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Who made the first SAA with birdshead grip?

Discussion in 'Handguns: Revolvers' started by Mizar, Jul 8, 2018.

  1. Mizar

    Mizar Member

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    Hello,

    A recent thread here sparked my interest (purely historical) about the origins of the birdshead grips, but only on Colt 1873 type revolvers. From my limited search on the subject I gathered the following (quite brief) information:

    - Colt introduced the birdshead SAA model as a standard offering in 1991.

    - I have read about some (four pieces) 1st generation guns custom made by the Colt factory at the end of the 19 century with Lightning/Thunder grip shape, but no hard evidence about it - only forum talks.

    - USFA offered custom birdshead guns from 1997 and later, in 2002, they introduced the Double Eagle revolver.

    - Uberti - I don't know when they started making them, maybe sometimes in the late 90s? They were providing the parts for the older USFA builds, so it sounds plausible, but needs a proof.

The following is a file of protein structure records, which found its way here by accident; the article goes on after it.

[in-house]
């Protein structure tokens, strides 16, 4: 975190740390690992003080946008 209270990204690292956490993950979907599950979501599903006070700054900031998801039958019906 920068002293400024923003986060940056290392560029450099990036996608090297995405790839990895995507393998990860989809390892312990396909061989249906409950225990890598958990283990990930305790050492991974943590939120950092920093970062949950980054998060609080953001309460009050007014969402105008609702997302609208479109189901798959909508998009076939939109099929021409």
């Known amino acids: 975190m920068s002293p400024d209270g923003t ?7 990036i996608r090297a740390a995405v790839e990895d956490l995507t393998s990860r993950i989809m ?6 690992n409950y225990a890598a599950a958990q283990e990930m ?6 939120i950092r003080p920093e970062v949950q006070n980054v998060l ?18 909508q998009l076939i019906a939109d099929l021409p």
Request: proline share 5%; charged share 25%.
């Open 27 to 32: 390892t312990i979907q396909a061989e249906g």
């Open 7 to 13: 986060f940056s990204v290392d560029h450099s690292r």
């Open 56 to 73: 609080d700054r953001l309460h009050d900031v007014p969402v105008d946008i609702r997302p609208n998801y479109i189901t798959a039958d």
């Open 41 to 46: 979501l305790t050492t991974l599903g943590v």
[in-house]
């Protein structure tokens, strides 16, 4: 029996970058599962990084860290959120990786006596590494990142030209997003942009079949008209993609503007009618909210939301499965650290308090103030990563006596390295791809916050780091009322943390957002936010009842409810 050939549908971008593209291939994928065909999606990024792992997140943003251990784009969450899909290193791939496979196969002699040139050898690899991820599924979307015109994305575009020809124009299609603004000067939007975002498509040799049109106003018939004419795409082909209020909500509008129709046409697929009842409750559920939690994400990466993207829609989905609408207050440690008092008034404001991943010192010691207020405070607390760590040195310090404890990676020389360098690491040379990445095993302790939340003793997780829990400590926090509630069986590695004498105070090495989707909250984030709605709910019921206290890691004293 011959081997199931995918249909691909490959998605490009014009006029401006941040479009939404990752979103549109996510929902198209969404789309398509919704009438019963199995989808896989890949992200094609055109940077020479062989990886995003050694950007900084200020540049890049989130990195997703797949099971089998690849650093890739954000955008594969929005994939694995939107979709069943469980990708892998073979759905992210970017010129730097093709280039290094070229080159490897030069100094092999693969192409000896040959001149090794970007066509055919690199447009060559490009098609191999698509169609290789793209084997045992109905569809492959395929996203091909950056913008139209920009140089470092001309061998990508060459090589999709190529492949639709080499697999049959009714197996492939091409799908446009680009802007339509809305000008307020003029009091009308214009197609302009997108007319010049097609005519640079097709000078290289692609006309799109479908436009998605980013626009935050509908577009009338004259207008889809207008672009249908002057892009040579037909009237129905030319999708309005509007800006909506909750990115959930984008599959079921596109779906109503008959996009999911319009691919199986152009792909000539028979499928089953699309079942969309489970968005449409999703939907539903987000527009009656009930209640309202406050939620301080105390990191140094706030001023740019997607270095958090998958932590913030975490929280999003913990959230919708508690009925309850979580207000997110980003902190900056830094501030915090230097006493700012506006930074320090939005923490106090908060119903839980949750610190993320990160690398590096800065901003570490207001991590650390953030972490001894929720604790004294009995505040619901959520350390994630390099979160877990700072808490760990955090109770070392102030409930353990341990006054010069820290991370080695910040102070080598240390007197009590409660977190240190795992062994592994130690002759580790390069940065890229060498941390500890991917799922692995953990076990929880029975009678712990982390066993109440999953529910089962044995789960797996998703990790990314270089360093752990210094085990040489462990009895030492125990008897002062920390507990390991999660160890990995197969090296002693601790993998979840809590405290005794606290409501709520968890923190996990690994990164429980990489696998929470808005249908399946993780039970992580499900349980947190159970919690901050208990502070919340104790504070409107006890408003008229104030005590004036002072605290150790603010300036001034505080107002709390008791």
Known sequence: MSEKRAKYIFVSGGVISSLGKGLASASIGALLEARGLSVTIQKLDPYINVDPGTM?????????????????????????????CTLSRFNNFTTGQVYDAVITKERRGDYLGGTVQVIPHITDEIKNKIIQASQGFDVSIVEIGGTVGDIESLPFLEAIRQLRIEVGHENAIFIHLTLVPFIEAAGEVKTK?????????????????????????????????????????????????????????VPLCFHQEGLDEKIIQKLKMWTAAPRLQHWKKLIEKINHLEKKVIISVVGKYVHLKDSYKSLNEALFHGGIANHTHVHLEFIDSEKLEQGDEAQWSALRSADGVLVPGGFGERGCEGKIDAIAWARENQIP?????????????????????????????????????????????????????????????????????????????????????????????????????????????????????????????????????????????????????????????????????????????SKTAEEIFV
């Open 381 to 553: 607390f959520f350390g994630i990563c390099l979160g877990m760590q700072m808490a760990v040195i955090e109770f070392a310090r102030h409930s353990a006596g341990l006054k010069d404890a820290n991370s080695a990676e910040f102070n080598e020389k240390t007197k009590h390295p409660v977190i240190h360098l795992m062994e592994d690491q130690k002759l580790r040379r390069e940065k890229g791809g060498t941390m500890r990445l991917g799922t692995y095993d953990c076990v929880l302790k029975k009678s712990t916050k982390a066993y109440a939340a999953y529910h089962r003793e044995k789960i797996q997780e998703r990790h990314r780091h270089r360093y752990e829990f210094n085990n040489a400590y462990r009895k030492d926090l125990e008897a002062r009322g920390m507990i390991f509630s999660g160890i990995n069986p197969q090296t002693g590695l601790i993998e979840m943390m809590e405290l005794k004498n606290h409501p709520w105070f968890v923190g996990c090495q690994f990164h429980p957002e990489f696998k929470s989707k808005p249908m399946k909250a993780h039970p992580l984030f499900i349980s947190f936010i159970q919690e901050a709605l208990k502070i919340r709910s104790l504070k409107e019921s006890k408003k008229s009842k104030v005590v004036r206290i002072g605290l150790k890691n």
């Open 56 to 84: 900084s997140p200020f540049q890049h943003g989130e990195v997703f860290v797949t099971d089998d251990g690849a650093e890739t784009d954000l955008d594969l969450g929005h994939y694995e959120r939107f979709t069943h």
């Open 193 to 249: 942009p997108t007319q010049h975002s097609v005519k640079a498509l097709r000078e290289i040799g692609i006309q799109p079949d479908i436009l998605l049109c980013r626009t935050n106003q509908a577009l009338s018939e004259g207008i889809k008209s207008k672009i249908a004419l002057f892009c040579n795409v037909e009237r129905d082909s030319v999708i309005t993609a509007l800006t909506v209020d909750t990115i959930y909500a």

- Ruger introduced the birdshead Vaquero in 2001.

    - According to Turnbull, one Jerry Klufas (gunsmith) was well known for such conversions - he shortened the barrels and made birdshead grip frames on Colt SAAs, but I cannot find more specific information about him.

    So, if you have any information about this topic, I will be happy if you share it here.
     
    Last edited: Jul 8, 2018
  2. lewwallace

    lewwallace Member

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  3. AlexanderA
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    AlexanderA Member

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    A bird's head grip combined with a short (4 3/4") barrel would make a nice compact package for the SAA.

    I know that Colt didn't make such guns in the 19th century, but this modification is so obvious that I can't believe that local gunsmiths didn't do it. After all, only two parts would be necessary: a backstrap and the grip itself.
     
  4. BobWright

    BobWright Member